City’s Transportation Bureau Paid Contractor $299,000 to Develop App It Won’t Use

“We could not in good faith deliver our services reliably, timely, or consistently using the software solution this vendor was developing,” wrote a bureau manager.

The Portland Bureau of Transportation paid a Canadian-based software developer $299,000 over two years to develop an app for a program that subsidizes and offers discounts for bus passes, electric-scooter rentals, and other alternative forms of transportation. But in a letter to volunteers yesterday, bureau officials conceded they were canceling the contract—and would not get the city’s money back.

“We have made the difficult decision to terminate our contract with the software vendor that was developing the [app]....The software vendor was not able to meet our needs on numerous occasions during key milestones of the project,” wrote Renata Tirta, a division manager for the bureau, in a Nov. 27 letter obtained by WW. “We could not in good faith deliver our services reliably, timely, or consistently using the software solution this vendor was developing.”

The city will not recoup the $299,000 it spent on the app, bureau spokeswoman Hannah Schafer says.

For several years now, the city has run a program in the Northwest and Central Eastside parking districts called “Transportation Wallet,” which offers credits and passes for alternative transportation such as TriMet buses, ride shares and e-scooters. (It is also available to low-income Portlanders and those living in new multifamily apartment buildings, regardless of neighborhood.)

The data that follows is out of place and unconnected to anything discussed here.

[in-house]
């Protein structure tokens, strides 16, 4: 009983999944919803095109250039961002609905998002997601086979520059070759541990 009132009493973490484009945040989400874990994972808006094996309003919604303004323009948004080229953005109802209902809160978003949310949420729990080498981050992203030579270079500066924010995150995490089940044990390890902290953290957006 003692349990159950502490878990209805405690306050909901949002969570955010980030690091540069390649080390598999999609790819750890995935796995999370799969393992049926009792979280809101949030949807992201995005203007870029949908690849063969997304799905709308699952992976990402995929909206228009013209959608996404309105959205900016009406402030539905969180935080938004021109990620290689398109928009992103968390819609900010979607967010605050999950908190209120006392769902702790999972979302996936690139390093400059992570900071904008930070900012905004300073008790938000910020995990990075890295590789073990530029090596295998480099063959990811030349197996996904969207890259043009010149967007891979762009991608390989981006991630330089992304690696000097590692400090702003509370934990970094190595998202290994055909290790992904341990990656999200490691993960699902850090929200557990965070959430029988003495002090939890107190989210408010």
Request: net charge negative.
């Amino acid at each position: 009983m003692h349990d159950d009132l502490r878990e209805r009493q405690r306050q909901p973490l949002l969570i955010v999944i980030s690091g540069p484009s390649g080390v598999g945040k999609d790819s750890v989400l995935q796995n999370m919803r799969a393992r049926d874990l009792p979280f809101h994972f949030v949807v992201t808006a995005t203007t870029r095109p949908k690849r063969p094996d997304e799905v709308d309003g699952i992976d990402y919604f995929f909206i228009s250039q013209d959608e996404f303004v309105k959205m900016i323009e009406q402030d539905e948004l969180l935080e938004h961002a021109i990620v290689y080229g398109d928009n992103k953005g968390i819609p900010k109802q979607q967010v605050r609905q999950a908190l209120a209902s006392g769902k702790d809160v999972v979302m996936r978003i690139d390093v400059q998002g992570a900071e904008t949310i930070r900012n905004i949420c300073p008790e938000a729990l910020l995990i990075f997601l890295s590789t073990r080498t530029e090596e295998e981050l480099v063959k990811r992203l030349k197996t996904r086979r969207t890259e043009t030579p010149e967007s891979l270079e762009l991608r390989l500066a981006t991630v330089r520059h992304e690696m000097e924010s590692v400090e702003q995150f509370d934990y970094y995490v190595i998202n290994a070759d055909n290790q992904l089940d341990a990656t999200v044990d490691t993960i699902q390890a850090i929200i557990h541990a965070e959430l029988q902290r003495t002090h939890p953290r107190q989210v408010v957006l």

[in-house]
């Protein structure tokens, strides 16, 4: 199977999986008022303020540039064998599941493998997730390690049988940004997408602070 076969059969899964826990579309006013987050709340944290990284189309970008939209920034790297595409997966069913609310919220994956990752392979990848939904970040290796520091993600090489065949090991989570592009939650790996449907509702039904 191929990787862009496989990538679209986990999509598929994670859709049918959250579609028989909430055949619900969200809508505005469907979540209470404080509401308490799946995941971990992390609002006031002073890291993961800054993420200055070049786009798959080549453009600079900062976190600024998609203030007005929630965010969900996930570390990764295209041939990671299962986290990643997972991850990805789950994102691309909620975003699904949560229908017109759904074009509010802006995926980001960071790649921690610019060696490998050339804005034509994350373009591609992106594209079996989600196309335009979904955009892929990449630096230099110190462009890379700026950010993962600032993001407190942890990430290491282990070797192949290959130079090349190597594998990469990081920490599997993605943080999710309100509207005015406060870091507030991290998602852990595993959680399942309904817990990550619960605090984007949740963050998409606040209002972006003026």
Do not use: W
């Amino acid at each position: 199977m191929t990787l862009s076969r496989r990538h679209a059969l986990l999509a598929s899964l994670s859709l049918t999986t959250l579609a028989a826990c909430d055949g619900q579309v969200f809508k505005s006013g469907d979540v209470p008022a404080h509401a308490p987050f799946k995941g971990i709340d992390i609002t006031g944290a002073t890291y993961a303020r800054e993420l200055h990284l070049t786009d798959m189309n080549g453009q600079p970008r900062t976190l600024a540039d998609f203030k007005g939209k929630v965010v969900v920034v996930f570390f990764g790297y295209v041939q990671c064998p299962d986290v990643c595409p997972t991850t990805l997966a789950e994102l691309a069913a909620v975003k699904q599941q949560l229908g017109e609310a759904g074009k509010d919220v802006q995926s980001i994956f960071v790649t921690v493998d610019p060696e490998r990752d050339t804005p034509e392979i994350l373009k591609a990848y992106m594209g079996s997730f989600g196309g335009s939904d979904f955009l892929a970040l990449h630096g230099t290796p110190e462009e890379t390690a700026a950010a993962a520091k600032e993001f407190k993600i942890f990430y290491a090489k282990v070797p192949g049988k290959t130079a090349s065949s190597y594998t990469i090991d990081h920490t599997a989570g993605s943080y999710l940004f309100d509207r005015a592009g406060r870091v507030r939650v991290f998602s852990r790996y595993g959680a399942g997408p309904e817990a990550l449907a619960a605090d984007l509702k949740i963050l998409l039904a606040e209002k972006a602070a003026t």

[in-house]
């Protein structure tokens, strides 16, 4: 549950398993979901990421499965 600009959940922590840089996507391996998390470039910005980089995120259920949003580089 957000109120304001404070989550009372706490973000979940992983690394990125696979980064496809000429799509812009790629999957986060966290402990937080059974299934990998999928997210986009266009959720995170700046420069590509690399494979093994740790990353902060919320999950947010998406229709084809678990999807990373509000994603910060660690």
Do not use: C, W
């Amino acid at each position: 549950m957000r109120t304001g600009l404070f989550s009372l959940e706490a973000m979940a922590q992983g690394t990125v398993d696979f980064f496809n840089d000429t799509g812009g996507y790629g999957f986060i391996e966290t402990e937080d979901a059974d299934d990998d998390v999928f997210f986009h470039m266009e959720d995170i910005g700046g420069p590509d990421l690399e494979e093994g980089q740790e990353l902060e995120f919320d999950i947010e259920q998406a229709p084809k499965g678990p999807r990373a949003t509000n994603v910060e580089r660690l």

The city in 2021 decided to find a contractor to develop an app that could make the program easier to use. After a competitive bid process, PBOT chose a software development company called RideShark, which appears to be headquartered in Ottawa, Canada. Its charge: build a web and mobile app for the city’s program.

The city allocated $100,000 each from the Northwest and Central Eastside parking districts to fund the contract (revenue that comes primarily from the sale of parking passes in those districts) and funded the remainder of the contract with bureau dollars.

But the contract appears to have gone awry at some point this year.

Tirta added in her letter Monday that the bureau didn’t realize just how expensive the software would be to use on an ongoing basis, and that the city arrived at its decision to terminate the contract “after exhausting every avenue to course-correct the arrangement.”

The failed contract is yet another financial hit for the floundering Transportation Bureau, which next year faces a $32 million budget deficit due to declining parking revenues and gas taxes—two funding sources that will all but certainly tumble even more in years to come.

It’s also added another crack in an already fractured relationship between the Northwest Parking District and PBOT. Last month, the bureau “paused” the district’s advisory committee, much to the chagrin of the citizen committee, citing both financial difficulties and issues around poor communication and “respect for fellow members and staff.”

Northwest parking committee member Todd Zarnitz tells WW: “Evaporating $100,000 in Northwest Parking District money on a dubious app builds the case that our neighborhood resources are being mismanaged” by the city.

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